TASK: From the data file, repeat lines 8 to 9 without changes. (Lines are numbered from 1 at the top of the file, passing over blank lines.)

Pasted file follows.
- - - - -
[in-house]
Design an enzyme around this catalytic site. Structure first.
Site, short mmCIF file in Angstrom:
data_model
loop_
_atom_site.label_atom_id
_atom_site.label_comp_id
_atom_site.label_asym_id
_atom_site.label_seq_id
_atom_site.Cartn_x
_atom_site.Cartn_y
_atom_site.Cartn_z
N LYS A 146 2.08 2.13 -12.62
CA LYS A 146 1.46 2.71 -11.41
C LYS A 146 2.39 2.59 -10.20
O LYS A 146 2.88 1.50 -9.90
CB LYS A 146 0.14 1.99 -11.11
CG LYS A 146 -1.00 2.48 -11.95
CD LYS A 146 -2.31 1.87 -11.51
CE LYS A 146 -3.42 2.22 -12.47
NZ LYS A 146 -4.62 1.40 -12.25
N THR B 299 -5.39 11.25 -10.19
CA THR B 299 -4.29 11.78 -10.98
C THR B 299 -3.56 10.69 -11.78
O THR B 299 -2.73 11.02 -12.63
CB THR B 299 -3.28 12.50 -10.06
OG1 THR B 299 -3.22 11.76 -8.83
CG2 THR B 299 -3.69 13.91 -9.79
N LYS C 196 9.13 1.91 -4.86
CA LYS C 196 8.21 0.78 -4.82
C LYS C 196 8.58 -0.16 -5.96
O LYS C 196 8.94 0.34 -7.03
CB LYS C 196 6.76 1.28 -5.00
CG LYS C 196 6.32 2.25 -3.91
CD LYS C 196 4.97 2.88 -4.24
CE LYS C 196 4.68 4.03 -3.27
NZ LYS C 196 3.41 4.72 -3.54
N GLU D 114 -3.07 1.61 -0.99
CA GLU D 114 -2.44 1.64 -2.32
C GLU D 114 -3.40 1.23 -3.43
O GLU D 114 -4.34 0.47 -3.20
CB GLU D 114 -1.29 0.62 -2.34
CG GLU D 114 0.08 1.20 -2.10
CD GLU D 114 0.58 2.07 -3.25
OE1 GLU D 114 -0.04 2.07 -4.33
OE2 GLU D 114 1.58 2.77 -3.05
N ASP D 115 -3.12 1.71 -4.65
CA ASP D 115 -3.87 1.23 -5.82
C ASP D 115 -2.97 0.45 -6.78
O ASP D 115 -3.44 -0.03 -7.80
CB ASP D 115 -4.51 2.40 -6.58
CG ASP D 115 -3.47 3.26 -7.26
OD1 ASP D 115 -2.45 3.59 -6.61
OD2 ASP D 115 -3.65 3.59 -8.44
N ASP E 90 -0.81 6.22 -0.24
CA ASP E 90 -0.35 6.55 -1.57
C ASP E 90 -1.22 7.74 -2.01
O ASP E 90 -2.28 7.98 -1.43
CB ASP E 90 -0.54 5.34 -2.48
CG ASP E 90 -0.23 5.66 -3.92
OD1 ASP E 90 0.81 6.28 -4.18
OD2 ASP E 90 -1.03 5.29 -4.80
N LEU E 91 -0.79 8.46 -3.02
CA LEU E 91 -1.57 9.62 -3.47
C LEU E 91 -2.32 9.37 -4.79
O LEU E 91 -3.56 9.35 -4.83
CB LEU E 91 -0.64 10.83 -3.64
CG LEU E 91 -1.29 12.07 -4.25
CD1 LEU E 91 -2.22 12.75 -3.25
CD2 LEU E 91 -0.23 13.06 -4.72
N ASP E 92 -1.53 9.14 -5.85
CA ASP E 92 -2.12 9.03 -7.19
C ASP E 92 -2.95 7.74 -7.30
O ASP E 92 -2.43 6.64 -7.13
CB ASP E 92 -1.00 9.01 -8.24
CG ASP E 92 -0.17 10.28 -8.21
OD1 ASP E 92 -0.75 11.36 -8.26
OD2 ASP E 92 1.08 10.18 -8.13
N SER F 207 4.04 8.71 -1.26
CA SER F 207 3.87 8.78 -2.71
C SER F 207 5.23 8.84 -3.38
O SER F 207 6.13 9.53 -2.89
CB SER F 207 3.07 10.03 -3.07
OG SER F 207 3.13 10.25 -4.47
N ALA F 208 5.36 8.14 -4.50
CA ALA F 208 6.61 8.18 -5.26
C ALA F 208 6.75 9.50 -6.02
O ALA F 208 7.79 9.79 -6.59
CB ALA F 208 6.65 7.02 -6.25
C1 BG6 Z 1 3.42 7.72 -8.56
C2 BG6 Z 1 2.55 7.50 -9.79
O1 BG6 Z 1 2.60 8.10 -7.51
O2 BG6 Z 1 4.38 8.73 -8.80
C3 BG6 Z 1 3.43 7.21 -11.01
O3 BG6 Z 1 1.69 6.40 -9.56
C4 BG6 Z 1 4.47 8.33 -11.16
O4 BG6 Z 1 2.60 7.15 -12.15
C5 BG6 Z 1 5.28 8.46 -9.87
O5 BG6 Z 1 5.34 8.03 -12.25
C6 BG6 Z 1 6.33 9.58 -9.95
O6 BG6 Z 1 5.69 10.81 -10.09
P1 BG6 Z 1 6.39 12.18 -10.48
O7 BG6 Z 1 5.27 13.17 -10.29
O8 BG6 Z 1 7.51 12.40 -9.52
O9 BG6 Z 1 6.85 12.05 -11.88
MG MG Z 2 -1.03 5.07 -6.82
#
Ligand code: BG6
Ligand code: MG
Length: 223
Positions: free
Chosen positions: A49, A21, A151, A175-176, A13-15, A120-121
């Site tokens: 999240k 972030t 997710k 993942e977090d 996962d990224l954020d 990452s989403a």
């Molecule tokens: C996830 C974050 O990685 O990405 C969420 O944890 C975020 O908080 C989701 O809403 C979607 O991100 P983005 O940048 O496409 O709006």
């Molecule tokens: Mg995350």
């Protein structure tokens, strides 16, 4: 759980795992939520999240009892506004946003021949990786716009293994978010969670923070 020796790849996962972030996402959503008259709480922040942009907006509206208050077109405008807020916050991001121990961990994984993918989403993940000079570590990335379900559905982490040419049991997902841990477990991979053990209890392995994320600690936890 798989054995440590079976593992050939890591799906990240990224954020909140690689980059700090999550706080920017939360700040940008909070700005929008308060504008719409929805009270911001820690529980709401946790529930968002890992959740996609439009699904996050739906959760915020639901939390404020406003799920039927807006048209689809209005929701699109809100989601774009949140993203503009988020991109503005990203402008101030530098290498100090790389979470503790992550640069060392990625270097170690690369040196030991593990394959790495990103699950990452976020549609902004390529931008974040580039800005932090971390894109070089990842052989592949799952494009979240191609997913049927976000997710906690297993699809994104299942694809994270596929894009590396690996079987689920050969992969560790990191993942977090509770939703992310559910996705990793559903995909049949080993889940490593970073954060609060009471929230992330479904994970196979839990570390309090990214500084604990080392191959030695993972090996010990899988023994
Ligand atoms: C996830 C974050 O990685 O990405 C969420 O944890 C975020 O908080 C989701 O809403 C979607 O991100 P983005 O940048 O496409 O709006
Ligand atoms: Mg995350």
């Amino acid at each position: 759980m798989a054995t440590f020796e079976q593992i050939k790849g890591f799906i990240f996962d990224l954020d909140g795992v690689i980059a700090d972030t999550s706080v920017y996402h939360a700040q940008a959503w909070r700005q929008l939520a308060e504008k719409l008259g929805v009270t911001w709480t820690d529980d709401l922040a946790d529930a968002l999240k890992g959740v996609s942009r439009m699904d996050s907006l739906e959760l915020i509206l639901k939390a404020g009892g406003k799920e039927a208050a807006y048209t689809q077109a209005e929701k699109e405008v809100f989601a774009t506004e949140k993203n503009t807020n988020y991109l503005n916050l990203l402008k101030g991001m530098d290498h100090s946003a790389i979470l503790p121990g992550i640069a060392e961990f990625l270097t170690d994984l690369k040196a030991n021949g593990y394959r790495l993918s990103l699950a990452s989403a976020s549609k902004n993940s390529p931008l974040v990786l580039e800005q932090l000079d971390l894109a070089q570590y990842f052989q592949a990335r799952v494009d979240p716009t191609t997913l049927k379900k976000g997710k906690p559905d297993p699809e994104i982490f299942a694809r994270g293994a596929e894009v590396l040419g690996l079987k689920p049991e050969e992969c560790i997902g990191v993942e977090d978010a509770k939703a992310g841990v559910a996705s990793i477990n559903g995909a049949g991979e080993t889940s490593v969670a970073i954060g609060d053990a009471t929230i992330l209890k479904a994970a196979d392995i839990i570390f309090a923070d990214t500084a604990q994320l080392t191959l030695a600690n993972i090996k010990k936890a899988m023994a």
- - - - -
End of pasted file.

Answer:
_atom_site.label_asym_id
_atom_site.label_seq_id